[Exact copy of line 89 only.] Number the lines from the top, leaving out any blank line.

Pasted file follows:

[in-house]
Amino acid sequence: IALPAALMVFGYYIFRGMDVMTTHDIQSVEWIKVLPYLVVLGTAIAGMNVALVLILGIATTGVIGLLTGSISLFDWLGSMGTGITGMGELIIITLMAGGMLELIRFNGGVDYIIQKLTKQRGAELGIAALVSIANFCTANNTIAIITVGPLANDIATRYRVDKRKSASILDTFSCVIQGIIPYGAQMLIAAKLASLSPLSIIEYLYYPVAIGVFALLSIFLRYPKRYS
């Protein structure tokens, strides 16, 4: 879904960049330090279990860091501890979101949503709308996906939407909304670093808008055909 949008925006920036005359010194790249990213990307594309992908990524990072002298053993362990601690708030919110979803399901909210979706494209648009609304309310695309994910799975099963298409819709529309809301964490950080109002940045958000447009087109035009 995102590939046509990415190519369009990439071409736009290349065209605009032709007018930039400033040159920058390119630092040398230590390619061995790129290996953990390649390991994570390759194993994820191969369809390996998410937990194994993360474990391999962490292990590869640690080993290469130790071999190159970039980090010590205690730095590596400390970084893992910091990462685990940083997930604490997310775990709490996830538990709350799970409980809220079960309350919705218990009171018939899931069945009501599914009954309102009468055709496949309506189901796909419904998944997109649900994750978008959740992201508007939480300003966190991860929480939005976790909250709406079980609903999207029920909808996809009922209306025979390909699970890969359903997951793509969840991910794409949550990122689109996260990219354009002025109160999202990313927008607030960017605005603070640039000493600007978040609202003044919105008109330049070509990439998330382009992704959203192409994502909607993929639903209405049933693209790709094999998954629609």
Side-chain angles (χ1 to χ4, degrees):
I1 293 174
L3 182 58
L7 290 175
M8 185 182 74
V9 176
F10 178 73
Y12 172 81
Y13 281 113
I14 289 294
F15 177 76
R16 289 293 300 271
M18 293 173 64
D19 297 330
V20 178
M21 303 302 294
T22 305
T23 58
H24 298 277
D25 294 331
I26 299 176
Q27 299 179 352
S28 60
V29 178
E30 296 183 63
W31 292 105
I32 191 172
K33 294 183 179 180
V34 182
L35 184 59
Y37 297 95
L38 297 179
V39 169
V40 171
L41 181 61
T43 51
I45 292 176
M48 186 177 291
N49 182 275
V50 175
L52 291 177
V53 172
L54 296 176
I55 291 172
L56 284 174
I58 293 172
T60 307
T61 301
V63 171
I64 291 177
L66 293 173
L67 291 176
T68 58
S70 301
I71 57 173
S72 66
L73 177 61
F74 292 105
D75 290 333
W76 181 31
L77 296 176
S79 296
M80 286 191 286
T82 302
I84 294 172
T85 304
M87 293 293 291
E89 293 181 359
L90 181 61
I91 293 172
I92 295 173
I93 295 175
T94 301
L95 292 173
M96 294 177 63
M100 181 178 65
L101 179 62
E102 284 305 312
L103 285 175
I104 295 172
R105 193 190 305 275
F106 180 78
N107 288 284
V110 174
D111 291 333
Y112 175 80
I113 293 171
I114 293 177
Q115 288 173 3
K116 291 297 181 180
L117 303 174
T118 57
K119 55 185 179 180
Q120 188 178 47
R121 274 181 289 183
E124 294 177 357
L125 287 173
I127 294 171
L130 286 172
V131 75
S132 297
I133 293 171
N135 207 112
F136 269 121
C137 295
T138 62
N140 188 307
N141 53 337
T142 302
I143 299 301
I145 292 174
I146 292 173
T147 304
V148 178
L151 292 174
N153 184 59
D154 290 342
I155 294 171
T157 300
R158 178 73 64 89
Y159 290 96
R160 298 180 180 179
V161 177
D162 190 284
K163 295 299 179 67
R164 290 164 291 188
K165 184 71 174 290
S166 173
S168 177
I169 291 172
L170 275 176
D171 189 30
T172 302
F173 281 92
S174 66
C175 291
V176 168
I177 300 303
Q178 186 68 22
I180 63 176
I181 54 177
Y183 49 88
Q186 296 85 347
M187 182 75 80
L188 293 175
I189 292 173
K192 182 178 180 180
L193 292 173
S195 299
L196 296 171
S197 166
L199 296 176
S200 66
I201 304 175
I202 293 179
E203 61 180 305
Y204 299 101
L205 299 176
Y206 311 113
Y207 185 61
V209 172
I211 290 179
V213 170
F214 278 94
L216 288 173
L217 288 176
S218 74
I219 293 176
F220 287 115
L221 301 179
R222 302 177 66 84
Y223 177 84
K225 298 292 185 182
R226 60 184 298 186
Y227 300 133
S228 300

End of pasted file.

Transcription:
Y112 175 80